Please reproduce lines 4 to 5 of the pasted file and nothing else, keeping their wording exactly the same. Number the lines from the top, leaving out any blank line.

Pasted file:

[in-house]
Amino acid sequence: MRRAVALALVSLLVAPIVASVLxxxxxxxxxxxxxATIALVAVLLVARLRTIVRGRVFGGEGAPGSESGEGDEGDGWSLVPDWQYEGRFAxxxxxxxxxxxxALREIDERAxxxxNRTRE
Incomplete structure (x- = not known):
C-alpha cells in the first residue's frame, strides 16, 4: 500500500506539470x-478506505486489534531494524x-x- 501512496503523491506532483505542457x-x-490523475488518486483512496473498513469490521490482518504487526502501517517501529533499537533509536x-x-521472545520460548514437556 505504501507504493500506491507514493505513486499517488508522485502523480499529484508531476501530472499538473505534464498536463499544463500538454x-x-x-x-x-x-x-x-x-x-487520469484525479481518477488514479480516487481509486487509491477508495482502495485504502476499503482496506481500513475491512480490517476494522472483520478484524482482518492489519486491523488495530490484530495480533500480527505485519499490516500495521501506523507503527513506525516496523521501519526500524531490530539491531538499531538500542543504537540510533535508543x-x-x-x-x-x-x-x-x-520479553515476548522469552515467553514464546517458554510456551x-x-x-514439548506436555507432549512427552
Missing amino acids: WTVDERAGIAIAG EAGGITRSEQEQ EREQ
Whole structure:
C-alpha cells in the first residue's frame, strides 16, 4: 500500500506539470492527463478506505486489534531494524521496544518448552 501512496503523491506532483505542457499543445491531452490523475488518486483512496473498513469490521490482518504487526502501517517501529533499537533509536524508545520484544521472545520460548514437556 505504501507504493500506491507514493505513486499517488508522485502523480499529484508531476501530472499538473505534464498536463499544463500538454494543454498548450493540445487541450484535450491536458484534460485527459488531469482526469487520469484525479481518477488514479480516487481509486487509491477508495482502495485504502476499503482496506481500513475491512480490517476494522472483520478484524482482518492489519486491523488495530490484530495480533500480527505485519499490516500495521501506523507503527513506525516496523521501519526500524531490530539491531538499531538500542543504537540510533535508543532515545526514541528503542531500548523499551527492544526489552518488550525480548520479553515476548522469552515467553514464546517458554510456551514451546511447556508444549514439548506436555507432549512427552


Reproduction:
C-alpha cells in the first residue's frame, strides 16, 4: 500500500506539470x-478506505486489534531494524x-x- 501512496503523491506532483505542457x-x-490523475488518486483512496473498513469490521490482518504487526502501517517501529533499537533509536x-x-521472545520460548514437556 505504501507504493500506491507514493505513486499517488508522485502523480499529484508531476501530472499538473505534464498536463499544463500538454x-x-x-x-x-x-x-x-x-x-487520469484525479481518477488514479480516487481509486487509491477508495482502495485504502476499503482496506481500513475491512480490517476494522472483520478484524482482518492489519486491523488495530490484530495480533500480527505485519499490516500495521501506523507503527513506525516496523521501519526500524531490530539491531538499531538500542543504537540510533535508543x-x-x-x-x-x-x-x-x-520479553515476548522469552515467553514464546517458554510456551x-x-x-514439548506436555507432549512427552
Missing amino acids: WTVDERAGIAIAG EAGGITRSEQEQ EREQ